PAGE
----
Category: Evergreen Trees
The Deodar Cedar is a monoecious species from Himalayas which grows to an elevation of about 3500 to 12000 feet above the sea level. It has both its male and female cones on the same tree. It is a large stately conical shaped conifer which has horizontally spreading branches.
This tree, once established, grows very fast for the first or two decades. It usually grows to a height of about one fifty feet with a forty feet spread at the ground levels. However, in home gardens, the tree can grow to a height of approximately forty to seventy feet with a spread of twenty to forty feet. It usually forms a pyramidal shape. The tree has densely pubescent branchlets with downward droops at their tips. The lower branches are bent gracefully downwards then upwards again.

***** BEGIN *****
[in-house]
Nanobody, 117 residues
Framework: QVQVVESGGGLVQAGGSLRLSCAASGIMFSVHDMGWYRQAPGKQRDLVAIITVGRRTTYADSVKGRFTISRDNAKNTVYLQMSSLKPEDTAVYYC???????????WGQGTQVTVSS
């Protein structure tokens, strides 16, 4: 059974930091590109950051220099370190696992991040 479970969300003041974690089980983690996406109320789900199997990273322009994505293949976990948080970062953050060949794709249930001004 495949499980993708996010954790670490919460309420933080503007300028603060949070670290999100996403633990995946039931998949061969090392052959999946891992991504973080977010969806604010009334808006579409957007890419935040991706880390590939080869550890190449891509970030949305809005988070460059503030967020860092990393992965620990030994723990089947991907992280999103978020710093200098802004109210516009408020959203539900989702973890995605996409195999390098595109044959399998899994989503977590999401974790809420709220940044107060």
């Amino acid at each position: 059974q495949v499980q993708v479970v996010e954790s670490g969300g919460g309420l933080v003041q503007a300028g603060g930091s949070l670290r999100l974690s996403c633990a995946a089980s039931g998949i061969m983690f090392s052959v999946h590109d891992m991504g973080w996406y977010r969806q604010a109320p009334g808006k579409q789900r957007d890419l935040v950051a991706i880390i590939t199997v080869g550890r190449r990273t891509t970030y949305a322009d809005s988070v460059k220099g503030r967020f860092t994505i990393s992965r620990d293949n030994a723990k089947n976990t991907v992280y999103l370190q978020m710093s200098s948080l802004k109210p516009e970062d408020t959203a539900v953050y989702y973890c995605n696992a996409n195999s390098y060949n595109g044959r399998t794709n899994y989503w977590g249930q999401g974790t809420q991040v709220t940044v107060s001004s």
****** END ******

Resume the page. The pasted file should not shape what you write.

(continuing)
The Deodar Cedar tree has huge foliages which contains several needle shaped leaves that are arranged in whorls or which appear individually on long shoots. These whorls can be about twenty to thirty for each cluster. The needle shaped leaves can grow to about one to two inches long. They are usually grayish- green or bluish- green in color which always depends on the cultivator and the location.
The male cones are usually in the shape of a banana. In early spring, the cones produce clouds of wind blown pollen which are yellow in color. The female cones are egged shape, bluish- green in color and grow three to five inches long. After a period of two years, these cones, after maturity, becomes reddish-brown and shatter to produce little seeds which have papery wings.
The Deodar Cedar tree can do well in USDA zones of seven to nine. However, the 'Shalimar', 'Kashmir' and the polar can do well in USDA zones of six as they are able to withstand the cold conditions. The tree is drought tolerant which can establish well in neutral to alkaline soil and in full sun. This tree is favored for its weeping habit and is usually used to line streets, a specimen tree in parks and also as a Christmas tree.